Single Sign On (SSO)

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This page describes what single sign on is and how it works.

What is Single Sign On (SSO)? 

SSO works based upon a trust relationship set up between an application, known as the service provider, and an identity provider, like SAML 2.0 and OAuth2. This trust relationship is often based upon a certificate that is exchanged between the identity provider and the service provider. This certificate can be used to sign identity information that is being sent from the identity provider to the service provider so that the service provider knows it is coming from a trusted source. In SSO, this identity data takes the form of tokens which contain identifying bits of information about the user like a user’s email address or a username.

How can I use Single Sign On (SSO):

You must be within the Advanced band or higher to use SSO as this is a chargeable module/integration. Please speak to your CSM if you are unsure whether you should have access to this feature.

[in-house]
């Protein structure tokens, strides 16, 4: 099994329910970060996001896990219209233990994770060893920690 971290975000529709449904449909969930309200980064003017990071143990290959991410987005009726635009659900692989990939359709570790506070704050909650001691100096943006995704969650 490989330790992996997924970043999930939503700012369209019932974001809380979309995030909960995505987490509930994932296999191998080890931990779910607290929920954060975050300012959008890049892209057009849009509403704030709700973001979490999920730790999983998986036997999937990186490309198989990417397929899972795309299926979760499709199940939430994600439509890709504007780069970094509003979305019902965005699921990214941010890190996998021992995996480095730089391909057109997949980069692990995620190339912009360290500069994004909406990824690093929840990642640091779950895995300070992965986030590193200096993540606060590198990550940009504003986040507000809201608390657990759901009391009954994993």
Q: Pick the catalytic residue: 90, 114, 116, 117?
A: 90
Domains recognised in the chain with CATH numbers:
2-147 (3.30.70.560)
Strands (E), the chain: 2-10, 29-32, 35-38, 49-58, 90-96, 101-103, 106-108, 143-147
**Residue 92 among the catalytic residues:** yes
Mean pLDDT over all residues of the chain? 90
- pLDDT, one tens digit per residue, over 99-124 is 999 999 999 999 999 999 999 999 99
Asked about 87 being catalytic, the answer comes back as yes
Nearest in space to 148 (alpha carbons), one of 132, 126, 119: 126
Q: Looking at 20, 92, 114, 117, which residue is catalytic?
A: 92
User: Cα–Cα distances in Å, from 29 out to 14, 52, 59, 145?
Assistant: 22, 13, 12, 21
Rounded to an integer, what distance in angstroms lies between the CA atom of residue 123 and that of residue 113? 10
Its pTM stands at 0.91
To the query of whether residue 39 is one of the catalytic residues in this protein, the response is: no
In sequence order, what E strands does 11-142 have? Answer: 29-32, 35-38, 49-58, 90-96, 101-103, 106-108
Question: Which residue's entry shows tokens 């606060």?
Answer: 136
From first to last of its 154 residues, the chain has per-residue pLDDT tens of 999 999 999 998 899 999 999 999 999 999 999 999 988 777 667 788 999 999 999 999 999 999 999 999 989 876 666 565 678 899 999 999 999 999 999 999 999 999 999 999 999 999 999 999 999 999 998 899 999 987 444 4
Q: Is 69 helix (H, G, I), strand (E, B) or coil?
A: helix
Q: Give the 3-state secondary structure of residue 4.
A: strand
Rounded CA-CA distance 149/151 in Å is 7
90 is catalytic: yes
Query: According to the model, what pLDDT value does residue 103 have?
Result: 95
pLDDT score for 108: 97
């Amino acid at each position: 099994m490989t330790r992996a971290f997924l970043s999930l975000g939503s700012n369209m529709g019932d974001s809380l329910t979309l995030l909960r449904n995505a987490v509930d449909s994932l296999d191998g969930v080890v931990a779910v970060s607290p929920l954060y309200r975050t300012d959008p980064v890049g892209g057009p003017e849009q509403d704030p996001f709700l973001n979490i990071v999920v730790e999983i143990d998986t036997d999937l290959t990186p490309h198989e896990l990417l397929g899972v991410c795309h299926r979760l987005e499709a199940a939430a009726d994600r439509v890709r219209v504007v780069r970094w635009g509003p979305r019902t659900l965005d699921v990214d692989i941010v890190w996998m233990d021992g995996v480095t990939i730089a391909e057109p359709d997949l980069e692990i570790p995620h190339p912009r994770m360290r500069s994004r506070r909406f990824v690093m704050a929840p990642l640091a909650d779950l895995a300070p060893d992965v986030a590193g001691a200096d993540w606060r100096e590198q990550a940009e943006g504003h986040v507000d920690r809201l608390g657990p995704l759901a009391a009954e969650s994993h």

You also must use ADFS (Active Directory Federation Services) or SAML (Security Assertion Markup Language).

You can read the full help guide page for User Management here.

What is SAML?

SAML is an acronym used to describe the Security Assertion Markup Language (SAML). Its primary role in online security is that it enables you to access multiple web applications using one set of login credentials. It works by passing authentication information in a particular format between two parties, usually an identity provider (idP) and a web application.

What is ADFS

Active Directory Federation Services (AD FS) is the claim-based single sign-on (SSO) solution provided by Microsoft. It facilitates access to all integrated applications and systems with just your Active Directory (AD) credentials. To use AD FS, run it on Windows Server after installing the role in Server Manager. It is part of AD services.